The past few days at work have been a hellish space of trying to make Office 365 work the way it’s supposed to work.  This has included harassing colleagues with superior technical knowledge with messages like:

Email:

This paragraph contains actual questions relating to the work we do.

Bill Gates is a motherfucking coward.

 

Slack Channel:

This paragraph contains knowledge acquired from troubleshooting tips from the customer support.

If CNN is reporting a woman wearing a diaper and a helmet driving to Seattle astronaut-style, it’s probably me.

 

Email:

This paragraph is about how OneDrive worked yesterday.

If Bill Gates didn’t give vaccines and clean water to kids, I would really want to stab him.

 

 There were also hours of customer support calls over the past few months trying to get everything right, which sometimes devolves to my eyes rolling so far back in my head I can see dinosaurs or me smashing myself in the head with my phone.  

There were also hours of customer support calls over the past few months trying to get everything right, which sometimes devolves to my eyes rolling so far back in my head I can see dinosaurs or me smashing myself in the head with my phone.  

They promised the Holy Grail of Office Support; they gave us the Holy Fail of Office Support.  

(I stole that fail joke and if the writer ever reads this and claims the joke, I owe you lunch, which I will end promptly when I need to let the Bitches out.)

Is this immaturity or a flair for the dramatic?

I’ll go with the latter since I wasn’t always capable of showing my emotions so easily.

All the problems will still be there in the morning and I will do my best to try and fix them.  I did get to have some fun today and the bullshit melted away.   

What fun, you say?

First, I got to kick off another season of Girls On the Run, which I adore.  Of course I don’t drop the curse bombs there.  (Full disclosure—I did say “SHIT” once in the first season, when I dropped something.  I looked wide-eyed at the two girls in earshot and one looked at me and said, “My mom would have said that, too,” without missing a beat.)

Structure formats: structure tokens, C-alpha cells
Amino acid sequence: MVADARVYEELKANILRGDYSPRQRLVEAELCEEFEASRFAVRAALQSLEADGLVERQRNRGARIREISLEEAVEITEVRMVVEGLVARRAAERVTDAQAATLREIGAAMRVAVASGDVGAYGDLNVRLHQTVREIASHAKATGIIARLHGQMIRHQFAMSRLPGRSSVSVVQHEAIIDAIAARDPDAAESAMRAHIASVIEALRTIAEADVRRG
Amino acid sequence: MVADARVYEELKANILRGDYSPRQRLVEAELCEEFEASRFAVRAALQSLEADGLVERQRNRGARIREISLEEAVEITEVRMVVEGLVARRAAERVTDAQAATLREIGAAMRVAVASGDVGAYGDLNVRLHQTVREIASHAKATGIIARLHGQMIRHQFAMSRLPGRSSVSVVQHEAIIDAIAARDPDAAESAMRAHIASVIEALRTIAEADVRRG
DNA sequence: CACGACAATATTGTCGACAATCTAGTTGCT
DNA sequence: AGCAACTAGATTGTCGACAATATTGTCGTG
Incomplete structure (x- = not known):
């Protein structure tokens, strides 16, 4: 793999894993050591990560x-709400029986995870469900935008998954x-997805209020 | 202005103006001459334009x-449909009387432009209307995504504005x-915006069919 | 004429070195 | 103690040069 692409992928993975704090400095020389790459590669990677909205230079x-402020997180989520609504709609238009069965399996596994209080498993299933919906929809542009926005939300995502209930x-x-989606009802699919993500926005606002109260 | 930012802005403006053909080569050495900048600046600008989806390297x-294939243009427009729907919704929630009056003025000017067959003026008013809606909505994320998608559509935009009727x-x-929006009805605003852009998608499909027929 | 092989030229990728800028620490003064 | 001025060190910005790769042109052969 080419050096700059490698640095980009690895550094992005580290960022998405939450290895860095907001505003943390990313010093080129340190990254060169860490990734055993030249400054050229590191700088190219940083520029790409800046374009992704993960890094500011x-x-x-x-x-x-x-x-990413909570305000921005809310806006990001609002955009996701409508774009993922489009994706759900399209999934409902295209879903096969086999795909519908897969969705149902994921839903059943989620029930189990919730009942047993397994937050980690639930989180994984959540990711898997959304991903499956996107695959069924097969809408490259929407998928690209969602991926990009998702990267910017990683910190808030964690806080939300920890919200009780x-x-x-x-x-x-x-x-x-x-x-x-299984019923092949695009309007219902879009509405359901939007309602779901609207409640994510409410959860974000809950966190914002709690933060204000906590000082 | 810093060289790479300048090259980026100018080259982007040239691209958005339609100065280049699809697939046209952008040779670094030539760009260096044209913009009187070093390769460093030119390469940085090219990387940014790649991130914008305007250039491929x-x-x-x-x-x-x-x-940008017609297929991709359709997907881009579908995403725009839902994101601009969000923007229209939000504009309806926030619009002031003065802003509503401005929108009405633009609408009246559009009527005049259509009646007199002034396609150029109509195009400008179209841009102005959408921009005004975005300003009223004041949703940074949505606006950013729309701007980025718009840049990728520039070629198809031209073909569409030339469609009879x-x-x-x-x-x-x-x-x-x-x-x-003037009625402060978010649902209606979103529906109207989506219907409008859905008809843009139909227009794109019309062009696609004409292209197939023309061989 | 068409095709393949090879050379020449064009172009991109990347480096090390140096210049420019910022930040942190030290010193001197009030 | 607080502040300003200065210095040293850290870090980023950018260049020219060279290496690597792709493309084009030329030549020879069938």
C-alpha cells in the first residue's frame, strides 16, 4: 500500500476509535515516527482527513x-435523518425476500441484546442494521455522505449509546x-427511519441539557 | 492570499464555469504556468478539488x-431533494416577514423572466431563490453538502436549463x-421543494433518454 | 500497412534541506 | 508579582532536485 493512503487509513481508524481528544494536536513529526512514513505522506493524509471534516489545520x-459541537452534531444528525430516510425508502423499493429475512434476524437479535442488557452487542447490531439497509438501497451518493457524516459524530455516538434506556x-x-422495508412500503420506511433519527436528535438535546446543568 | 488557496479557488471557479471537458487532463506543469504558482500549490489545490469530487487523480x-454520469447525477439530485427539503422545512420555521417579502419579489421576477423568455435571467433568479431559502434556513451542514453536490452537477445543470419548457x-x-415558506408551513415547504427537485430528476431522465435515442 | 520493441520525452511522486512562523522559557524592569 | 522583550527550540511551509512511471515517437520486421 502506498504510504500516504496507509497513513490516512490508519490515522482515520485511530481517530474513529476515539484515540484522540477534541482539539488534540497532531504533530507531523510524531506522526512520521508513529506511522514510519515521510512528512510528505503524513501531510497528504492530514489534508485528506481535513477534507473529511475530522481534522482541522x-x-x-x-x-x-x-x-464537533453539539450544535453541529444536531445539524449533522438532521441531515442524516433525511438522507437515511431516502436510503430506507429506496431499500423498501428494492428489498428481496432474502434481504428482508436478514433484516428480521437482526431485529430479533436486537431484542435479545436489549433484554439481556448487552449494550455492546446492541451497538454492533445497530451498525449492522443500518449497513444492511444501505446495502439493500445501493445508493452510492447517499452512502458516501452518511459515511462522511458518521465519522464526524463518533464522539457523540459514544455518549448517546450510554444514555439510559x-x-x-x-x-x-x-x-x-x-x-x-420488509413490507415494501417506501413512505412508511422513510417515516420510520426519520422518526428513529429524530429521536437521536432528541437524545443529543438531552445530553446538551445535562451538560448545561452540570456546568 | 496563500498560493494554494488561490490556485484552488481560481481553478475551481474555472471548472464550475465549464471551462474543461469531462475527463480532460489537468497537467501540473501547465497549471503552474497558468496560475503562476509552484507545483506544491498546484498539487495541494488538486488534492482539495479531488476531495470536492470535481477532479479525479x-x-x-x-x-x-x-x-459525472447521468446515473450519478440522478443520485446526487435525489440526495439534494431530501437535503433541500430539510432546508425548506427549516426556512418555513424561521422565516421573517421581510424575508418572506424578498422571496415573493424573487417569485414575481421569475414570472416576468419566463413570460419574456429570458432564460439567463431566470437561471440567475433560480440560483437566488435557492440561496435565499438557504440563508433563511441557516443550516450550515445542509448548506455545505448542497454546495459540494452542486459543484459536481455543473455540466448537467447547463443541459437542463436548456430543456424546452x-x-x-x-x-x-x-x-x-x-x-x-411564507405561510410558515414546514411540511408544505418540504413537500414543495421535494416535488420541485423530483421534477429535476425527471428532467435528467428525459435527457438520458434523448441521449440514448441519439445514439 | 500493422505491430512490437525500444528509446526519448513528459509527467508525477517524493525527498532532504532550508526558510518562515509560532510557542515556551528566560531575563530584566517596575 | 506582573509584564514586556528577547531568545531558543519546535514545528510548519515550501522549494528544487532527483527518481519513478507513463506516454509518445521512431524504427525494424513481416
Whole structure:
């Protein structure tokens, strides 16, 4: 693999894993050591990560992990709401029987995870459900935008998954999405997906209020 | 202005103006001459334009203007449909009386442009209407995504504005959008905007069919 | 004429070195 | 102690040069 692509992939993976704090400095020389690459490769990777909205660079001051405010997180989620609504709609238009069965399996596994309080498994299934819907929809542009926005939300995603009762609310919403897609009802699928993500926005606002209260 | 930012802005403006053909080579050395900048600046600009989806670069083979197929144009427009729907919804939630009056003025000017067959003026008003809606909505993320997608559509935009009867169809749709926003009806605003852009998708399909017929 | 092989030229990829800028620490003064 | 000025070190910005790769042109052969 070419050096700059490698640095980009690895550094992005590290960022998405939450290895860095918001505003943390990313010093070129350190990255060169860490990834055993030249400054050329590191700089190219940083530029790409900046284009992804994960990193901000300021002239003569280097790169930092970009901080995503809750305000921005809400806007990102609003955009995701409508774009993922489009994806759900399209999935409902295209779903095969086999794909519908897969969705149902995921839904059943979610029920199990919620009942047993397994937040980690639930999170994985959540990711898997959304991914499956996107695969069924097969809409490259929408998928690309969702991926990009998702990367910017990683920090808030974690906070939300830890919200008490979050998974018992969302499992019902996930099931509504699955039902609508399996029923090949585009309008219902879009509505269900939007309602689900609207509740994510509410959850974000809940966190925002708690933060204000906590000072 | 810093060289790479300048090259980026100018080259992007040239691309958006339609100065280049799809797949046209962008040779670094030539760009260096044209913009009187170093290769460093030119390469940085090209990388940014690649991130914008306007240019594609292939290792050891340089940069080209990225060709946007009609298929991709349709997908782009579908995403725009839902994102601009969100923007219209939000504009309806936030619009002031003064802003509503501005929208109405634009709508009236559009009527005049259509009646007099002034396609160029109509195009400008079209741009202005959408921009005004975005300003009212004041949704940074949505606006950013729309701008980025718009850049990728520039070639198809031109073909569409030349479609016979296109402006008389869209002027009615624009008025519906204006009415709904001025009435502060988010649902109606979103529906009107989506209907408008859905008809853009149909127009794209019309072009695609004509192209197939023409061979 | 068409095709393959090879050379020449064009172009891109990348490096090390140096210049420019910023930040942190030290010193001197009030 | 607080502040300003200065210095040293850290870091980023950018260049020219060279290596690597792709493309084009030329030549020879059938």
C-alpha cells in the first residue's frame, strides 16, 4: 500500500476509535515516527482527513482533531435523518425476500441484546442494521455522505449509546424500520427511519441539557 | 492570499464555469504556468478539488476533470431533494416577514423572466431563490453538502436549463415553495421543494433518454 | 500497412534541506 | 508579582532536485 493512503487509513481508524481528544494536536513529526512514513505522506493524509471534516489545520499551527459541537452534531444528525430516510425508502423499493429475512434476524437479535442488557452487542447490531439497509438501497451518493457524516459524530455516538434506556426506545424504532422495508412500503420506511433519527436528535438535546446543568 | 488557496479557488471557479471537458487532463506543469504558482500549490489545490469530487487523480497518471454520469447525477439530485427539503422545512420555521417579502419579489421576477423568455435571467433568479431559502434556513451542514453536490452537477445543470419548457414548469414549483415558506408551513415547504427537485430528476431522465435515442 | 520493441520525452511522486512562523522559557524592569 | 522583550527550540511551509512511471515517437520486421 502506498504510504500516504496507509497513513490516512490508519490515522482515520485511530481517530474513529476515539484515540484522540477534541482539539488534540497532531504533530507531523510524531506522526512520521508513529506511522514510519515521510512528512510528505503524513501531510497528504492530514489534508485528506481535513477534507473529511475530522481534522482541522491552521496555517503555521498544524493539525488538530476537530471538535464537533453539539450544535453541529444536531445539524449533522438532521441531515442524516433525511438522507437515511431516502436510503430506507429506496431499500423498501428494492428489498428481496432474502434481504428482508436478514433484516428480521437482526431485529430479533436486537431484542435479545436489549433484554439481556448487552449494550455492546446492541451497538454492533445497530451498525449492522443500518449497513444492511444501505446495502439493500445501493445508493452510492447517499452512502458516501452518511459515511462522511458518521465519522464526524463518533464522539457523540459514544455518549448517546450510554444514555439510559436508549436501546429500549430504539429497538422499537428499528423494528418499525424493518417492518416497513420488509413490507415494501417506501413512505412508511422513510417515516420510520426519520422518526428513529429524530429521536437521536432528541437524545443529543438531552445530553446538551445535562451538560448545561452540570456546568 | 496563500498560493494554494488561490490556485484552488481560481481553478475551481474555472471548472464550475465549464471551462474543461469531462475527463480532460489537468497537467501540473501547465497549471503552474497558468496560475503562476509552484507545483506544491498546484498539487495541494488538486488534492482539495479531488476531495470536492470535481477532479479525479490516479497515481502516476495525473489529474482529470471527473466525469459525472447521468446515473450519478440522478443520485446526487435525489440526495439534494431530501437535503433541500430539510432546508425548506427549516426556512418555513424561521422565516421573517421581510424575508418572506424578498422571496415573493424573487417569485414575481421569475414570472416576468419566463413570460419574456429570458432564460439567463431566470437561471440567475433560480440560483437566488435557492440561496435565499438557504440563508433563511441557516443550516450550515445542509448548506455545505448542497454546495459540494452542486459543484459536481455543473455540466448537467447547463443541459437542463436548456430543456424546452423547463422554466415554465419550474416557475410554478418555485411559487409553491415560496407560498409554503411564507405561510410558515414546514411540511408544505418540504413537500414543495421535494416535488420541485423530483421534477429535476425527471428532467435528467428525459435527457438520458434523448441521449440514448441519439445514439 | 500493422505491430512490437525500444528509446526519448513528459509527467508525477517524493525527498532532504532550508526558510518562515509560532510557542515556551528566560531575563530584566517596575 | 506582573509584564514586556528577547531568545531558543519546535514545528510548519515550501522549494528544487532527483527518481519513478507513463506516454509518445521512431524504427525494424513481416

What I get to do at GOTR is hang out with cool little chicks, have fun, and move.  I forget about my ability to be an overgrown ten year-old until I get back with the GOTR girls.  “You are only young once, but you can stay immature indefinitely,” said Mr. Nash. 

The GOTR girls crack me up because they make up the funniest games, like Crabby Princesses, where you have to talk like a crabby princess when you run.  “I said 3.5 sugars in my tea, this is only 3!” with a hair toss. 

They always ask if I have a husband or a boyfriend, or if I have kids.  There are always a few that are blown away that I don’t have kids.  But then I tell them about the Girls (Bitches) and how we all run together, so they’re like my kids.  Plus, I get to hang out with the GOTR goobers every week, so why would I need kids of my own?

Also, there are always a few kids who are obsessed with my tattoos.  Some disapprove, some think they are pretty, some think they are weird, but it usually is a good way to have a conversation about one of two topics most kids love: art or animals.  I can talk about how my skin is like a piece of art I can always have with me and what kind of art they like to create.  Since almost all of my tattoos are animals, I can ask them what their favorite animals are.  It’s sort of amazing how they open up if you just ask a couple of questions, listen, and ask a couple more. 

GOTR is therapeutic for me, as is getting more art added to my skin.  After a run with the Bitches, I got another round of tattoo therapy tonight. I’ve had a four different artists work on me, with two doing the brunt of the work.  Obviously, the finished product is always exciting, but there is also something about the process I enjoy. I have never regretted any of my tattoos or had any trouble committing to them.  And for someone with trust issues, having another person in my space coming at me with a gun and a needle probably doesn’t sound like a good time. 

But it is.

It’s calming.

I have to sit still.

I read at times.

I talk at times.

I stare at the ceiling at times.

I breathe. 

I feel each puncture of the needle.  Hell, I enjoy the endorphins.  I gave up everything else. 

I wonder if psychological pain the worst because I forget that all my pain is psychological. 

I’ll forget again over the next three weeks until I find myself back in the chair.  

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